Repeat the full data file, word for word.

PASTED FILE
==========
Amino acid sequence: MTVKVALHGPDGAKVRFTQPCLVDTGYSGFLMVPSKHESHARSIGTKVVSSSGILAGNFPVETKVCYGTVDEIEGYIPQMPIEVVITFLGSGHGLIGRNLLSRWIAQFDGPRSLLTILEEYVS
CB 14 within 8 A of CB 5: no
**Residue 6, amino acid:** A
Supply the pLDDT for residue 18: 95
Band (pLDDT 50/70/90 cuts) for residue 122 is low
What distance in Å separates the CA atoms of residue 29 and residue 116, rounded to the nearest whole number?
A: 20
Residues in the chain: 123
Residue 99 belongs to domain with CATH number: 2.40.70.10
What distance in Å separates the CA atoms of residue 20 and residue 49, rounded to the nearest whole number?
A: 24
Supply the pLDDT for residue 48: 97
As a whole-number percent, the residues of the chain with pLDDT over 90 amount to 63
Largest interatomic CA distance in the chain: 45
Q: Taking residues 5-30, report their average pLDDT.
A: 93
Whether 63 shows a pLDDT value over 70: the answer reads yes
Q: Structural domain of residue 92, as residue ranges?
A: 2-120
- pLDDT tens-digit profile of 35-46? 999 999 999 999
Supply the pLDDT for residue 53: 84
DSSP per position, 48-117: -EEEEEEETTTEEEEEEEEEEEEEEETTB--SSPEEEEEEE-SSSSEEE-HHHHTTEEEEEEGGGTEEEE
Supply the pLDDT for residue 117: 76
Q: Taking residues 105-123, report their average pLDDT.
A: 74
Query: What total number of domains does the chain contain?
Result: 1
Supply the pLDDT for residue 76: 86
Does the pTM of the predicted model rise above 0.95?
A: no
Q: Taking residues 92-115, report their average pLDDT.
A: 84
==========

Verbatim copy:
Amino acid sequence: MTVKVALHGPDGAKVRFTQPCLVDTGYSGFLMVPSKHESHARSIGTKVVSSSGILAGNFPVETKVCYGTVDEIEGYIPQMPIEVVITFLGSGHGLIGRNLLSRWIAQFDGPRSLLTILEEYVS
CB 14 within 8 A of CB 5: no
**Residue 6, amino acid:** A
Supply the pLDDT for residue 18: 95
Band (pLDDT 50/70/90 cuts) for residue 122 is low
What distance in Å separates the CA atoms of residue 29 and residue 116, rounded to the nearest whole number?
A: 20
Residues in the chain: 123
Residue 99 belongs to domain with CATH number: 2.40.70.10
What distance in Å separates the CA atoms of residue 20 and residue 49, rounded to the nearest whole number?
A: 24
Supply the pLDDT for residue 48: 97
As a whole-number percent, the residues of the chain with pLDDT over 90 amount to 63
Largest interatomic CA distance in the chain: 45
Q: Taking residues 5-30, report their average pLDDT.
A: 93
Whether 63 shows a pLDDT value over 70: the answer reads yes
Q: Structural domain of residue 92, as residue ranges?
A: 2-120
- pLDDT tens-digit profile of 35-46? 999 999 999 999
Supply the pLDDT for residue 53: 84
DSSP per position, 48-117: -EEEEEEETTTEEEEEEEEEEEEEEETTB--SSPEEEEEEE-SSSSEEE-HHHHTTEEEEEEGGGTEEEE
Supply the pLDDT for residue 117: 76
Q: Taking residues 105-123, report their average pLDDT.
A: 74
Query: What total number of domains does the chain contain?
Result: 1
Supply the pLDDT for residue 76: 86
Does the pTM of the predicted model rise above 0.95?
A: no
Q: Taking residues 92-115, report their average pLDDT.
A: 84